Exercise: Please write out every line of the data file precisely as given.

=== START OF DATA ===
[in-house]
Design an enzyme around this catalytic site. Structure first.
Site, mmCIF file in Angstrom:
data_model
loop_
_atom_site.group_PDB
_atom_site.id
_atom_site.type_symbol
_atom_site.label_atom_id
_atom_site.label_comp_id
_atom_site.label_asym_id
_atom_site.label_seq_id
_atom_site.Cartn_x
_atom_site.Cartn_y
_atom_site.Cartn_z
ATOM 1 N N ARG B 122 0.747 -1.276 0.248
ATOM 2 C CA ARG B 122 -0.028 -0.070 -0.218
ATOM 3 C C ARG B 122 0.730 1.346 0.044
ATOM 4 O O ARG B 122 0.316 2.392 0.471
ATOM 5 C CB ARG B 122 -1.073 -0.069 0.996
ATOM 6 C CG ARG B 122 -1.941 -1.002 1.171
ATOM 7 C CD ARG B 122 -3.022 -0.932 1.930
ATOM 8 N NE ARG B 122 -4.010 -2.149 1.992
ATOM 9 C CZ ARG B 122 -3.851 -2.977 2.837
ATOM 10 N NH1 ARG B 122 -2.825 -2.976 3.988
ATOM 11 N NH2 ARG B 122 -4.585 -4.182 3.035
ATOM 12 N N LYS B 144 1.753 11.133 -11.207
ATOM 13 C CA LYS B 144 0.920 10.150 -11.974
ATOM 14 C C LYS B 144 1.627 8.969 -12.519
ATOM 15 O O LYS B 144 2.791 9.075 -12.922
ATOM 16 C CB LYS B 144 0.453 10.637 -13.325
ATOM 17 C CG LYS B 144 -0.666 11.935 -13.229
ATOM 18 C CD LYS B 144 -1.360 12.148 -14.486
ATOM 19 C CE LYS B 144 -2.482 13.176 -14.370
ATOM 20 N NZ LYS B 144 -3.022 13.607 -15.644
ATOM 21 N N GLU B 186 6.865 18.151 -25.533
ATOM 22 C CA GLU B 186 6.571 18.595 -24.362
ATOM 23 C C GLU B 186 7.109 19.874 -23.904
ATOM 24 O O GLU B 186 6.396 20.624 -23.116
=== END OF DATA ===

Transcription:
[in-house]
Design an enzyme around this catalytic site. Structure first.
Site, mmCIF file in Angstrom:
data_model
loop_
_atom_site.group_PDB
_atom_site.id
_atom_site.type_symbol
_atom_site.label_atom_id
_atom_site.label_comp_id
_atom_site.label_asym_id
_atom_site.label_seq_id
_atom_site.Cartn_x
_atom_site.Cartn_y
_atom_site.Cartn_z
ATOM 1 N N ARG B 122 0.747 -1.276 0.248
ATOM 2 C CA ARG B 122 -0.028 -0.070 -0.218
ATOM 3 C C ARG B 122 0.730 1.346 0.044
ATOM 4 O O ARG B 122 0.316 2.392 0.471
ATOM 5 C CB ARG B 122 -1.073 -0.069 0.996
ATOM 6 C CG ARG B 122 -1.941 -1.002 1.171
ATOM 7 C CD ARG B 122 -3.022 -0.932 1.930
ATOM 8 N NE ARG B 122 -4.010 -2.149 1.992
ATOM 9 C CZ ARG B 122 -3.851 -2.977 2.837
ATOM 10 N NH1 ARG B 122 -2.825 -2.976 3.988
ATOM 11 N NH2 ARG B 122 -4.585 -4.182 3.035
ATOM 12 N N LYS B 144 1.753 11.133 -11.207
ATOM 13 C CA LYS B 144 0.920 10.150 -11.974
ATOM 14 C C LYS B 144 1.627 8.969 -12.519
ATOM 15 O O LYS B 144 2.791 9.075 -12.922
ATOM 16 C CB LYS B 144 0.453 10.637 -13.325
ATOM 17 C CG LYS B 144 -0.666 11.935 -13.229
ATOM 18 C CD LYS B 144 -1.360 12.148 -14.486
ATOM 19 C CE LYS B 144 -2.482 13.176 -14.370
ATOM 20 N NZ LYS B 144 -3.022 13.607 -15.644
ATOM 21 N N GLU B 186 6.865 18.151 -25.533
ATOM 22 C CA GLU B 186 6.571 18.595 -24.362
ATOM 23 C C GLU B 186 7.109 19.874 -23.904
ATOM 24 O O GLU B 186 6.396 20.624 -23.116